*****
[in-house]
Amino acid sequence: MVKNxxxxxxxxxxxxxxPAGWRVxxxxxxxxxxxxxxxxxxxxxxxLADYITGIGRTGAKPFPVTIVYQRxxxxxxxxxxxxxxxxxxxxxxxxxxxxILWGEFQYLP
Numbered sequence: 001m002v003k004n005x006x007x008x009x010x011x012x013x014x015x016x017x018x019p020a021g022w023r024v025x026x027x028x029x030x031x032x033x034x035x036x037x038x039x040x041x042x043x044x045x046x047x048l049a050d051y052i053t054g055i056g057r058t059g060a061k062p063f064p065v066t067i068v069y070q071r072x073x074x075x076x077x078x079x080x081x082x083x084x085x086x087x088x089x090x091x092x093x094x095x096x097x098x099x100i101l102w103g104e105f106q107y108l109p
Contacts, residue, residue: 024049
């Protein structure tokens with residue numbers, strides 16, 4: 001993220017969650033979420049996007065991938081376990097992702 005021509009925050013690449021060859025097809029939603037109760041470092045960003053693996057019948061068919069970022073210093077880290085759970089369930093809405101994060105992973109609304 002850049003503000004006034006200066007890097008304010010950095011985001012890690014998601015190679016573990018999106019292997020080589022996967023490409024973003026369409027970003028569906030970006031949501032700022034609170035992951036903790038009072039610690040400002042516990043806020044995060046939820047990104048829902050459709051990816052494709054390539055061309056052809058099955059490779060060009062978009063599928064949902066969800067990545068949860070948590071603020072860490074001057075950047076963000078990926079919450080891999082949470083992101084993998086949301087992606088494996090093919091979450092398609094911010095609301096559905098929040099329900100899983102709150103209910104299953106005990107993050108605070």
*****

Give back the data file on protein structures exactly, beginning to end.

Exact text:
[in-house]
Amino acid sequence: MVKNxxxxxxxxxxxxxxPAGWRVxxxxxxxxxxxxxxxxxxxxxxxLADYITGIGRTGAKPFPVTIVYQRxxxxxxxxxxxxxxxxxxxxxxxxxxxxILWGEFQYLP
Numbered sequence: 001m002v003k004n005x006x007x008x009x010x011x012x013x014x015x016x017x018x019p020a021g022w023r024v025x026x027x028x029x030x031x032x033x034x035x036x037x038x039x040x041x042x043x044x045x046x047x048l049a050d051y052i053t054g055i056g057r058t059g060a061k062p063f064p065v066t067i068v069y070q071r072x073x074x075x076x077x078x079x080x081x082x083x084x085x086x087x088x089x090x091x092x093x094x095x096x097x098x099x100i101l102w103g104e105f106q107y108l109p
Contacts, residue, residue: 024049
């Protein structure tokens with residue numbers, strides 16, 4: 001993220017969650033979420049996007065991938081376990097992702 005021509009925050013690449021060859025097809029939603037109760041470092045960003053693996057019948061068919069970022073210093077880290085759970089369930093809405101994060105992973109609304 002850049003503000004006034006200066007890097008304010010950095011985001012890690014998601015190679016573990018999106019292997020080589022996967023490409024973003026369409027970003028569906030970006031949501032700022034609170035992951036903790038009072039610690040400002042516990043806020044995060046939820047990104048829902050459709051990816052494709054390539055061309056052809058099955059490779060060009062978009063599928064949902066969800067990545068949860070948590071603020072860490074001057075950047076963000078990926079919450080891999082949470083992101084993998086949301087992606088494996090093919091979450092398609094911010095609301096559905098929040099329900100899983102709150103209910104299953106005990107993050108605070």